A photographer who captured images of Madonna after a horseback riding accident in Bridgehampton is disputing the account of the star's publicist, who accused paparazzi of jumping out of the bushes and spooking the singer's horse.
Thomas Hinton, 34, a freelance photographer who covers the Hamptons each summer, said he took photos from a public road, before and after the accident -- but wasn't there when she fell.
Latest: Cops say no paparazzi mentioned in Madonna accident report
"As far as I'm concerned, the only photographer present when the accident happened was Steven Klein," Madonna's host, Hinton said Sunday.
The accident occurred Saturday afternoon, while the Material Girl was riding on Klein's horse farm during a weekend visit in the Hamptons. She was transported to Southampton Hospital, where she was treated for minor injuries and bruises and released, her publicist, Liz Rosenberg, said in a statement.
Rosenberg's statement said Madonna's horse "was startled by paparazzi who jumped out of the bushes to photograph the singer."
Rosenberg did not respond to messages Sunday.
Hinton said he received a tip that Madonna was arriving in the Hamptons by helicopter, and tracked her down at Klein's farm, where Hinton parked his car on Scuttle Hole Road and aimed his camera through a line of trees.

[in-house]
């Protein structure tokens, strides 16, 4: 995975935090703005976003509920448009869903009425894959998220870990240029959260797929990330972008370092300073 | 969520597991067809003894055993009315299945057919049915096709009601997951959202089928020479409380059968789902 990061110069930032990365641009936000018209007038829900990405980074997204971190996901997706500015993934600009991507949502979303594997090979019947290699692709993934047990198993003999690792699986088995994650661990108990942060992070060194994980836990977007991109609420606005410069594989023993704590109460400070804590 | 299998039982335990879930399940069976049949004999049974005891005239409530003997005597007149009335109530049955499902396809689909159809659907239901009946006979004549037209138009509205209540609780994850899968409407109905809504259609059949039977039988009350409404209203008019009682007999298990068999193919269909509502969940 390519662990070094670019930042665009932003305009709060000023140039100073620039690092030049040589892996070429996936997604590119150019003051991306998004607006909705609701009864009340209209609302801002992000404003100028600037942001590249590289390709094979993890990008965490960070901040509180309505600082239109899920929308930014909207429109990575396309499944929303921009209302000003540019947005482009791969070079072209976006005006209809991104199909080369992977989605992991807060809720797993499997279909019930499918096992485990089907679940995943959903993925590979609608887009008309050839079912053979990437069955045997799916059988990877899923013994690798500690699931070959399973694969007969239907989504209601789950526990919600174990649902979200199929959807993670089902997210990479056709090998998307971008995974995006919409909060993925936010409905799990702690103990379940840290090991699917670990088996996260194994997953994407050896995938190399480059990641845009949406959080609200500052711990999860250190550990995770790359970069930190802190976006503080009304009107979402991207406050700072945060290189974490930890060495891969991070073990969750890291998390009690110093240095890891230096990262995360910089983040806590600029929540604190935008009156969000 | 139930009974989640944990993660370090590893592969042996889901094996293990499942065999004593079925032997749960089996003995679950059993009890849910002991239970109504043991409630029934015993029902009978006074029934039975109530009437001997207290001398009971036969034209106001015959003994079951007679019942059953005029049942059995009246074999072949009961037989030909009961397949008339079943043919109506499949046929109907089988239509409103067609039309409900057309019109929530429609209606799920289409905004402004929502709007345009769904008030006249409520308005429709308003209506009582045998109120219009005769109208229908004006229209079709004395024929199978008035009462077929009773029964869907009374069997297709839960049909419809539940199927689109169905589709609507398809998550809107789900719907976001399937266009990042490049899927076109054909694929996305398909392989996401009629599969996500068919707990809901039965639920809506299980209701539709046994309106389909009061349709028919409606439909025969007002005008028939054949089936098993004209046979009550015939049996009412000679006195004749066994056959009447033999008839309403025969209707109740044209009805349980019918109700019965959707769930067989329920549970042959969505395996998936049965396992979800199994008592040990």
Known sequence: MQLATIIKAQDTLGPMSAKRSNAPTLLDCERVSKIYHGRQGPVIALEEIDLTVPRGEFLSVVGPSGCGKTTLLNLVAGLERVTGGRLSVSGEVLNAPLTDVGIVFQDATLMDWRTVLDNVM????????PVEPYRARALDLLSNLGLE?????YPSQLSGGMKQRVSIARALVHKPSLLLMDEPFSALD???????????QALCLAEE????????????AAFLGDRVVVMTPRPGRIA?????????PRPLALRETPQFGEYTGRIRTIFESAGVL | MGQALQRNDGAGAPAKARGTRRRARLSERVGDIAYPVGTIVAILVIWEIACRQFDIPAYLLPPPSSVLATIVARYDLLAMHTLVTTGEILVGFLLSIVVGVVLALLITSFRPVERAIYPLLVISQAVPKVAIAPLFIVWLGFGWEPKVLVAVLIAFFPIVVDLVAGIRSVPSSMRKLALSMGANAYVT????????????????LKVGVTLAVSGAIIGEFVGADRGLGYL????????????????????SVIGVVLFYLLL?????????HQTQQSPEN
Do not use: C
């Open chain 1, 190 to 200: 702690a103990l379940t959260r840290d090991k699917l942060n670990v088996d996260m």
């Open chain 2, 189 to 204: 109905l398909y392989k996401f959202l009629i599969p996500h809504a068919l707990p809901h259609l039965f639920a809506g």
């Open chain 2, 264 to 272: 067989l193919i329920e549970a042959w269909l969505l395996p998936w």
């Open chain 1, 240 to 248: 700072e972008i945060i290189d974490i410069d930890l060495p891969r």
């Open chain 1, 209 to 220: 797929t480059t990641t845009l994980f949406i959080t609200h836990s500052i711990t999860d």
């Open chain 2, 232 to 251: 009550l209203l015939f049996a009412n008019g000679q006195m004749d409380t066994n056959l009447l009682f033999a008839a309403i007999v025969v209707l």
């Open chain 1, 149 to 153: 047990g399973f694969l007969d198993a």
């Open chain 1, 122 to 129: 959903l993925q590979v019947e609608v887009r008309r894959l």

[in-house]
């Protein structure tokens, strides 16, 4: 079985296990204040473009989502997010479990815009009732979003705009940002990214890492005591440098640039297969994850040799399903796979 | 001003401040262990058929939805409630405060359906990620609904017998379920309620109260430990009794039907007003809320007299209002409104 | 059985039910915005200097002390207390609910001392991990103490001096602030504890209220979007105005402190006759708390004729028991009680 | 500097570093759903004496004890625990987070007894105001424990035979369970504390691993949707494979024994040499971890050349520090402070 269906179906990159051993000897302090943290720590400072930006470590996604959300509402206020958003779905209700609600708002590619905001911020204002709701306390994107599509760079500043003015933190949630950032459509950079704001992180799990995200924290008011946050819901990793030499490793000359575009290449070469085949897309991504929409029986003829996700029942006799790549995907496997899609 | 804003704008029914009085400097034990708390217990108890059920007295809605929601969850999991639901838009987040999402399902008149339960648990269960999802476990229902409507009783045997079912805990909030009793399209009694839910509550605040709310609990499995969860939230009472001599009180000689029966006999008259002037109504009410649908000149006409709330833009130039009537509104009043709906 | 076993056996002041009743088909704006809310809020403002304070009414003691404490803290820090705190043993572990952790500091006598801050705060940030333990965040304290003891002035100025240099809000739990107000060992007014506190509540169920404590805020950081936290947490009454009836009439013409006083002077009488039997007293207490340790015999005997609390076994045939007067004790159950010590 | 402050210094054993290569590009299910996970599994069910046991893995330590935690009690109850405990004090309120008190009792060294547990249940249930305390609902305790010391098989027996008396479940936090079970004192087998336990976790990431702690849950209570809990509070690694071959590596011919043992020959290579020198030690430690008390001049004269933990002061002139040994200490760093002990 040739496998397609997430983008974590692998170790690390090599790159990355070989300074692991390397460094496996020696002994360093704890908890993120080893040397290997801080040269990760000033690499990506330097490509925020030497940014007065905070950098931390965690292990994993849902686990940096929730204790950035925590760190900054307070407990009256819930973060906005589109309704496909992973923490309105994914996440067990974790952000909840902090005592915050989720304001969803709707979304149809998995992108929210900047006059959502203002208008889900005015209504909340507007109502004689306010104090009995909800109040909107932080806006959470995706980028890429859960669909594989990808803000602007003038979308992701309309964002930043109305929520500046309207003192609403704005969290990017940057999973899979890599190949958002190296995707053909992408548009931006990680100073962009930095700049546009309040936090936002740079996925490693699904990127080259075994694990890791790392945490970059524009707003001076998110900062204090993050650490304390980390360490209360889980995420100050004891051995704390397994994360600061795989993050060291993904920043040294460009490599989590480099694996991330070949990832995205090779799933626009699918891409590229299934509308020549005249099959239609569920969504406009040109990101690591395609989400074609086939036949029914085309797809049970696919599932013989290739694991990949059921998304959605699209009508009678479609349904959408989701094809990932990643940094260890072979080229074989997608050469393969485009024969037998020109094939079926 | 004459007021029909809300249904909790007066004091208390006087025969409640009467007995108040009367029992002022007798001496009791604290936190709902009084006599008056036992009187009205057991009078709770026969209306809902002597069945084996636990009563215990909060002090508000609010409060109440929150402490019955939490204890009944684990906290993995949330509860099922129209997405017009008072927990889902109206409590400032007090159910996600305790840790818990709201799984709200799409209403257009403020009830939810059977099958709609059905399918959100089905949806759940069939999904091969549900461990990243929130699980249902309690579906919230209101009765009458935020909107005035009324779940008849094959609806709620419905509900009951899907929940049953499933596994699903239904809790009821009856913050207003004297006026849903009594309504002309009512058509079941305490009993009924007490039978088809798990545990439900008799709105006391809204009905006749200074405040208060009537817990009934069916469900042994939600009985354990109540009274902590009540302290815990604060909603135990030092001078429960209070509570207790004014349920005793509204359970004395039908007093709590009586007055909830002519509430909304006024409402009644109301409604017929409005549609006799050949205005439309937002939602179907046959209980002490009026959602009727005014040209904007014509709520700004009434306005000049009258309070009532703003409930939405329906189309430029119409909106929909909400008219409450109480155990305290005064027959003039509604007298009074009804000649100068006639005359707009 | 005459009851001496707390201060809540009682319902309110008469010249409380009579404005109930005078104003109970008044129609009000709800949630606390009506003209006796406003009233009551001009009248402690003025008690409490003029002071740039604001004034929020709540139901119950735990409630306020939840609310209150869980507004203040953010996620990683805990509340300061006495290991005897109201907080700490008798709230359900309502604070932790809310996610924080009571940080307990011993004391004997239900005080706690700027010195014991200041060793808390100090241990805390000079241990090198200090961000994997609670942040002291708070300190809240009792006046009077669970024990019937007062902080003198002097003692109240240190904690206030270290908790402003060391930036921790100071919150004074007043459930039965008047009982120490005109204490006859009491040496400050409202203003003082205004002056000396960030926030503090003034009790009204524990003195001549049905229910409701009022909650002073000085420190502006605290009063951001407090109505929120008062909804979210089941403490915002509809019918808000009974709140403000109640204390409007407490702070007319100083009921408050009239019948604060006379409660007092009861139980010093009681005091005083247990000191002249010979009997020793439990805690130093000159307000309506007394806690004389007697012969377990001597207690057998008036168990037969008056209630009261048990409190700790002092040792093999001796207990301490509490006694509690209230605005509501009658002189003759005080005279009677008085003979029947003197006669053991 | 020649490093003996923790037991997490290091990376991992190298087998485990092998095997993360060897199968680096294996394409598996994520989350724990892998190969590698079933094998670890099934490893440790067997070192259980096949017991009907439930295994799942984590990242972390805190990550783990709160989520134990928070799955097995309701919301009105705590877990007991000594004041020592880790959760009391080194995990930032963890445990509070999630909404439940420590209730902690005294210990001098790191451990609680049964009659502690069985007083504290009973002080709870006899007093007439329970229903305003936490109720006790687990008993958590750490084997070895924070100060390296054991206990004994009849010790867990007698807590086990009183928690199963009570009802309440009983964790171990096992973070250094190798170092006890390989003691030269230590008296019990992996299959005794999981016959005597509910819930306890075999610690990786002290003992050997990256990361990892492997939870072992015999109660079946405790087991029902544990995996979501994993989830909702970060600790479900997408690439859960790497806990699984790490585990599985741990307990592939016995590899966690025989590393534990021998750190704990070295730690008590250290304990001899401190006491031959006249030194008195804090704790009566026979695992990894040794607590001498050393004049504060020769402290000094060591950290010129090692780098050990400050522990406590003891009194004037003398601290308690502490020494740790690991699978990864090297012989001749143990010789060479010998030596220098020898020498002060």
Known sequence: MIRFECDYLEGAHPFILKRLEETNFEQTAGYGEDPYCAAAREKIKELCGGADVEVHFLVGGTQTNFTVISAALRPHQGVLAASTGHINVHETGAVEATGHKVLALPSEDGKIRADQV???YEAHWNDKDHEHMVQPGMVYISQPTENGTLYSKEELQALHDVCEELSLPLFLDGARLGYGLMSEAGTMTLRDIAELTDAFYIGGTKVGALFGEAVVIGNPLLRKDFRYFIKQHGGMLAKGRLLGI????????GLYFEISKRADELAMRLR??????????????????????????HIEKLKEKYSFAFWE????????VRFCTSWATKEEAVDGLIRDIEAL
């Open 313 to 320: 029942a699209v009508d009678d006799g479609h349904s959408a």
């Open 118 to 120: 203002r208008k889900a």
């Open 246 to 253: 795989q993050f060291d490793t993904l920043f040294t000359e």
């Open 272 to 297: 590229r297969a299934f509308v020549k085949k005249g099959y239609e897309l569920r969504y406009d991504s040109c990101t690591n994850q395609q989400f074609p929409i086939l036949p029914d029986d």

"It was so obstructed by bushes that I left," he said.
Not long afterward, he received a tip that a 50-year-old woman had fallen at that address, he said.
Hinton said he returned, and took photos, again from the road, of Madonna being carried on a backboard into a Bridgehampton Fire Department ambulance.
"If a photographer startled a horse, I'm thinking we would have seen the pictures by now," he said. "That would be such an egregious thing to do, to trespass and startle a horse. The police would have been looking for a photographer."
Southampton Town police, who responded to the scene, would not provide any details on the incident Sunday.
Hinton said they have not contacted him.
The Bridgehampton Fire Department did not return messages.
Hinton said that, after the accident, Klein and farm staff members stood in his line of sight to block his photos, but did not confront him.
"We were all polite with each other," he said.